The womens final ran simultaneously with the mens which meant that at some points it was hard to know which way to look as there was so much happening! After the first couple of problems last years winner, Vera Zilstra (Hol) started to show signs of how tired she was, whilst Maud Ansade (Fra) and the Climbing Works very own mild-mannered receptionist, Leah Crane were still in offing for the top spot, so it was all down to the last problem.
Maud was first out on the third problem, a huge jump from a side wall onto a big slopey boss on the lip of a roof. After a number of initial tries to stick the first jump she latched the hold and battled her way to the top to the encouragement of a roaring crowd. Climbing last, Leah had to climb the problem within 3 tries to win, and the pressure was on.
She didn'y disappoint, climbing to the top on her first try, but then calamity! With one hand on the finishing hold (a nasty sloper) all she had to do was get her other hand onto the same hold to match for the win, and that's where the trouble started. Try as she might, Leah just couldn't get into balance to match the hold for the win, and no matter how much the crowd screamed encouragement or she fought to find a solution to the last move, all was in vain and she eventually slipped off. The remaining couple of minutes were amazing as Leah fought to regain her highpoint, but alas, it was not to be and eventually she had to settle for second place, with Maud winning the event.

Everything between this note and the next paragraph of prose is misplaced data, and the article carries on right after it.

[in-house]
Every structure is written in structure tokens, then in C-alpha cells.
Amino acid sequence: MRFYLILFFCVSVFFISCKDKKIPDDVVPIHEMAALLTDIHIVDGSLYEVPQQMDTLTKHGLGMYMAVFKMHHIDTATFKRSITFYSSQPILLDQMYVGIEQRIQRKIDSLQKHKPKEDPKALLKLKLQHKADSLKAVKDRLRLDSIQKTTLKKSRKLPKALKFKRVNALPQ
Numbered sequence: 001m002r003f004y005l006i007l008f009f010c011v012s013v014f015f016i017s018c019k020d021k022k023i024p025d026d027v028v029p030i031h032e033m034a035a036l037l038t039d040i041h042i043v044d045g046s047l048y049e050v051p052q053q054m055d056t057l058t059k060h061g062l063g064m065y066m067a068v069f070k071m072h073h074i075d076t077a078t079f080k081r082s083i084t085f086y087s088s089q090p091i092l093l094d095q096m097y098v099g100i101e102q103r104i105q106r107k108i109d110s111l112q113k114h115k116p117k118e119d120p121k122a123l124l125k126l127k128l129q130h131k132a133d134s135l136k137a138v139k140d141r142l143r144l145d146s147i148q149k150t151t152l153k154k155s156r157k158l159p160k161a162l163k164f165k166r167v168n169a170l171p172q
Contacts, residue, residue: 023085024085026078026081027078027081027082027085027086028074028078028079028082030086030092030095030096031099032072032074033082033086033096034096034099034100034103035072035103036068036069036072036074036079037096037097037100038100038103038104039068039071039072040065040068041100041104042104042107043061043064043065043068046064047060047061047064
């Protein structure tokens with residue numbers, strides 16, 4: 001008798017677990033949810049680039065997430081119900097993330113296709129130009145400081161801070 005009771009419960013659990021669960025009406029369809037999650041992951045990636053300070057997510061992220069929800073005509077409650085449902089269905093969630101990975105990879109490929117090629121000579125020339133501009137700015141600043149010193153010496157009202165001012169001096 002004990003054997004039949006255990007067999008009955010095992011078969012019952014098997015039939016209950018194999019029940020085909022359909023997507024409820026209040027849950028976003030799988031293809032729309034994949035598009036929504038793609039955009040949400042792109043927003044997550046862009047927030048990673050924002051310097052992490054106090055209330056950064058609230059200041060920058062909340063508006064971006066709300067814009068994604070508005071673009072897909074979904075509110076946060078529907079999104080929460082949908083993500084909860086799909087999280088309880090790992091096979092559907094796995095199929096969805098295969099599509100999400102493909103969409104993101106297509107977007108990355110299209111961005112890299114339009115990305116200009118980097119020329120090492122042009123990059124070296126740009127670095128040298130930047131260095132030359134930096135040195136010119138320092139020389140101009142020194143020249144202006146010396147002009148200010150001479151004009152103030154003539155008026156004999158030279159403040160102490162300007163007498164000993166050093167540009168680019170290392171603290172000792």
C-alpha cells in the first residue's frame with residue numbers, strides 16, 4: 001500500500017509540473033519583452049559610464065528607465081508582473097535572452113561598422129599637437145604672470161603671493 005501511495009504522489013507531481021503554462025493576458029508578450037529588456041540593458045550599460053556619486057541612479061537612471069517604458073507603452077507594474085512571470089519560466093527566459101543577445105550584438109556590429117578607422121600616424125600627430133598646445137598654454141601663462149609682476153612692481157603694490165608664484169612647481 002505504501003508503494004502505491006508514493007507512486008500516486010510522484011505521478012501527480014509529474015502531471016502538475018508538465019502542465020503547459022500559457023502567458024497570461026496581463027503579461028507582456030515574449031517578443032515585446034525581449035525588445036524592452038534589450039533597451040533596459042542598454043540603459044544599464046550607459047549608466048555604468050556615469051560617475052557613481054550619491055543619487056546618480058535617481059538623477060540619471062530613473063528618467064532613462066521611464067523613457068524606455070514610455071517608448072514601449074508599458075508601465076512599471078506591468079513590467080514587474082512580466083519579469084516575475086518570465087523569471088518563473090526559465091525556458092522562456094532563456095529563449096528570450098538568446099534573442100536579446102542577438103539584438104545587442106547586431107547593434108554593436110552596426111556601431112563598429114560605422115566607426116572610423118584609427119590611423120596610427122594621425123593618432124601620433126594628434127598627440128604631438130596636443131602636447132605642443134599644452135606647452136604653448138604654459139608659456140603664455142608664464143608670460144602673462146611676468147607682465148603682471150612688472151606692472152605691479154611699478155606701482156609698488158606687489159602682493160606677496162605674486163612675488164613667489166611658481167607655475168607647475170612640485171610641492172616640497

Leah Crane on problem 3 in the finals. Photo courtesy of Holdz
As if the womens competition wasn't exciting enough, the mens final proved just as scintilating to watch. Again, after the first two problems the battle for first prize was down to a straight fight between multiple World Cup winner and current European champion Jerome Meyer (Fra) and Manchesters finest - the pocket rocket himself, Dave Barrans.
Both guys were destroyed after the battle with the twisted wierdness that was the second problem - a masterclass in upsidedown compression courtesy of Monsiuer Godoffe, but the crunch problem was number 3, more huge compression moves up a 50 degree prow, a wild spinnng dyno for a strange blob-like fang, then two of the worst holds you've ever seen to gain the top.
First out was Jerome, showing the control and composure only a competition of this class can, and after a few failed attempts, he finally got established on the head-wall only to fall with one hand on the finishing hold! Last man out, all Dave Barrans had to do was complete the problem to win. The crowd were going balistic by this point, they knew the score and if the sheer volume of their support provided the outcome of a competition, Dave would have won by miles! However, in the end, Dave just couldn't find that last bit of power to finish the problem off, leaving top spot for Jerome Meyer.
Jerome Meyer, the Mens winner, alongside Jacky Godoffe
The prizes were awarded by Mr Reindert Lenslink - the General Secretary of the IFSC (International Federation of Sport Climbing) - and the party continued on well into the night at a number of
Photo courtesy of Holdz
Big thanks must go to the companies who supported the CWIF at a time when most climbing companies are trying to spend as little money as possible, so a mention must go to Holdz, Metolius, Five Finger Thing and The Clinic for sponsoring the event.